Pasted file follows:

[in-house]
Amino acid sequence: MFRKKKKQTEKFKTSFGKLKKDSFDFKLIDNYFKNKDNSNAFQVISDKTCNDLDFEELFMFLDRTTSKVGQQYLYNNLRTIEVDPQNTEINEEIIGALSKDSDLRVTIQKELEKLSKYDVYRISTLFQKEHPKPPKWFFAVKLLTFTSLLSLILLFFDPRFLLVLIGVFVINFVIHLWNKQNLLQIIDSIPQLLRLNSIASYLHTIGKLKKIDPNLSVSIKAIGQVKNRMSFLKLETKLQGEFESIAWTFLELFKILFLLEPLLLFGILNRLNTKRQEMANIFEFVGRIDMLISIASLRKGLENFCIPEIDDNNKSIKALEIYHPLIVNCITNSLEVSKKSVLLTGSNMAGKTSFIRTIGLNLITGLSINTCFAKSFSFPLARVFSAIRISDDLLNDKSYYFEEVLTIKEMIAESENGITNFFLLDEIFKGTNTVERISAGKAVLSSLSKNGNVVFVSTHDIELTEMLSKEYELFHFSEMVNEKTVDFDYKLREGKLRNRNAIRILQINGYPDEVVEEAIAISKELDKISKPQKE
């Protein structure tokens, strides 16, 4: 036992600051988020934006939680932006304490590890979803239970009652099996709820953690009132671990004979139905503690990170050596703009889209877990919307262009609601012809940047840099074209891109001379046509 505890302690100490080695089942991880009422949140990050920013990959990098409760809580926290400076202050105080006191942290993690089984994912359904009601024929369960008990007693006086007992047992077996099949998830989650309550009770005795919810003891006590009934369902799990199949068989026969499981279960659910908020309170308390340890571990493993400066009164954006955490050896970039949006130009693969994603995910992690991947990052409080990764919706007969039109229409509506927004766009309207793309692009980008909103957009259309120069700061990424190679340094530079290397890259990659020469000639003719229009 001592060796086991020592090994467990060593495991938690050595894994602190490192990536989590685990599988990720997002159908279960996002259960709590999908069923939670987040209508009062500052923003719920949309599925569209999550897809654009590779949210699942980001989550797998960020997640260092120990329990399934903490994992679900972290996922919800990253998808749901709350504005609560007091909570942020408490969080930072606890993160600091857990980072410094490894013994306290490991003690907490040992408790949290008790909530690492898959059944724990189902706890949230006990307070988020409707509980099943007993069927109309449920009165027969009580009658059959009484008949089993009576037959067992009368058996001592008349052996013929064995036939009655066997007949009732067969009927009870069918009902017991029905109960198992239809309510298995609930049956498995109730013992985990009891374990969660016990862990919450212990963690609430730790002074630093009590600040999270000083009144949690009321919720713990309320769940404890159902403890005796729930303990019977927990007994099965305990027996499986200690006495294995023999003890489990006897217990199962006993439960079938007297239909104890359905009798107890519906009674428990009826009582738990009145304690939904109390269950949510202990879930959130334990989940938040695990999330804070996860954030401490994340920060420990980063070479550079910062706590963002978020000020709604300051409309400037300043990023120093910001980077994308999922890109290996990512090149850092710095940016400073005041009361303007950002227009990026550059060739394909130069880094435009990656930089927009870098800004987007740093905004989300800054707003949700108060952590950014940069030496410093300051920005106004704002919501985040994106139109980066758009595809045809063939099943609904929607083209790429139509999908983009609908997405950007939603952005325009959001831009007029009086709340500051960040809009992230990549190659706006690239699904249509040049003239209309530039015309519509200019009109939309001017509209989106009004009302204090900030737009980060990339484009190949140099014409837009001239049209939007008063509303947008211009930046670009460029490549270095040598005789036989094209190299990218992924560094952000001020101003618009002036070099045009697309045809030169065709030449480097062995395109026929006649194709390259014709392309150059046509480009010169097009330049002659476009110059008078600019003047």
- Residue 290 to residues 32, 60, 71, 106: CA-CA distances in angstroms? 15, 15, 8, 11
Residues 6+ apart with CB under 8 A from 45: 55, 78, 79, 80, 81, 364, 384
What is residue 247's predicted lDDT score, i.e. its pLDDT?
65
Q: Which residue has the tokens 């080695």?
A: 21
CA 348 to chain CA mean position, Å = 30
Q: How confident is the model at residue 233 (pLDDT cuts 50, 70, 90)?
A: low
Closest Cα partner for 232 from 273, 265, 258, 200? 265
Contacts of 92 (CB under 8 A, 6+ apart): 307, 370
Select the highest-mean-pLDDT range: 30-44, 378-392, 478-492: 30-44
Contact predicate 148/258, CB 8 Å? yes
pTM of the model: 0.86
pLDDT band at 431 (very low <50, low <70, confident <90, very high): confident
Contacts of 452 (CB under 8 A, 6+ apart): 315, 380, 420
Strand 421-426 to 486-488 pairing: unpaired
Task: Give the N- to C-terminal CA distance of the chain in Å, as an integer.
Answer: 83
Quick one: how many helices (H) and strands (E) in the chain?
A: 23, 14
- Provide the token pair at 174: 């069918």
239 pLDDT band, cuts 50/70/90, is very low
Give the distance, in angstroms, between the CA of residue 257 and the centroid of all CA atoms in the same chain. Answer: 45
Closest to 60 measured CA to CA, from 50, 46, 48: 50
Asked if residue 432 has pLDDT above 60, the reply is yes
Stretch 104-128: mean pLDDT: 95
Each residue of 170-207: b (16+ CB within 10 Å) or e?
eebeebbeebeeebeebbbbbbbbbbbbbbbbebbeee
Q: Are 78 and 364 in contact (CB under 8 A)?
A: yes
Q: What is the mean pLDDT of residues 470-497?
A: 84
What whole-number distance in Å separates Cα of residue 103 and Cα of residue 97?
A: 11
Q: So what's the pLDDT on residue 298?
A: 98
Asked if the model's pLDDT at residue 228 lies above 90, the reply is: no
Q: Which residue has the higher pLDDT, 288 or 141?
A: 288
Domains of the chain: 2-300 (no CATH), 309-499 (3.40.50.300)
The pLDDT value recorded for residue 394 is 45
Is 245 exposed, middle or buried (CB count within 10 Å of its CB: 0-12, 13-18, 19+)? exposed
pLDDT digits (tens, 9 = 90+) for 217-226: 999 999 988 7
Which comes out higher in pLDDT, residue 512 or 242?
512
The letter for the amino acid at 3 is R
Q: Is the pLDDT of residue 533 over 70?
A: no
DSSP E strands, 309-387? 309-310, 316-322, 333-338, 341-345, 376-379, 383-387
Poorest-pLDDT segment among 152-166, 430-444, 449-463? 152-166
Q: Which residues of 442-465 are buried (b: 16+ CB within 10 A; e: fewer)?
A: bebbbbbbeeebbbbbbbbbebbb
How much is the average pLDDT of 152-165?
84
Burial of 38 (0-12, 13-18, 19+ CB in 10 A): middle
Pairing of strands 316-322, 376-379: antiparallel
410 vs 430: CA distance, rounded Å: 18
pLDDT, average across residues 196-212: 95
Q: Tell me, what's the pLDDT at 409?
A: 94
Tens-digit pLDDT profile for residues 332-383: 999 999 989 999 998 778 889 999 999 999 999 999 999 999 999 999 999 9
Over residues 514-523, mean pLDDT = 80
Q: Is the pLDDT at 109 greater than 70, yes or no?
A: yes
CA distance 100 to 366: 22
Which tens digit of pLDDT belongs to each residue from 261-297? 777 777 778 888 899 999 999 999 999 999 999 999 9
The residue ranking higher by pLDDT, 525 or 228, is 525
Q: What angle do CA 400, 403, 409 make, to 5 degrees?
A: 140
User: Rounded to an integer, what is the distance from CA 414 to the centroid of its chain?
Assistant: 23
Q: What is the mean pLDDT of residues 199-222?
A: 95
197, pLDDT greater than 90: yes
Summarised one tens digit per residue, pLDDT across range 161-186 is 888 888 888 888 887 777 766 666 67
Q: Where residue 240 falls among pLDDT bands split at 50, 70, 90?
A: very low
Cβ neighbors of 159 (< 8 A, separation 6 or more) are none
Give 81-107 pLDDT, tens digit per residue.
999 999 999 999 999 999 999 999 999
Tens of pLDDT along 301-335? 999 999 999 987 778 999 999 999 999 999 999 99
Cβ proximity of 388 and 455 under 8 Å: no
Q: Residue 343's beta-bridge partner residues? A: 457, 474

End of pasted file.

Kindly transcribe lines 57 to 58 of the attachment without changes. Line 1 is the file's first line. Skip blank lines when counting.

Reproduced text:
How much is the average pLDDT of 152-165?
84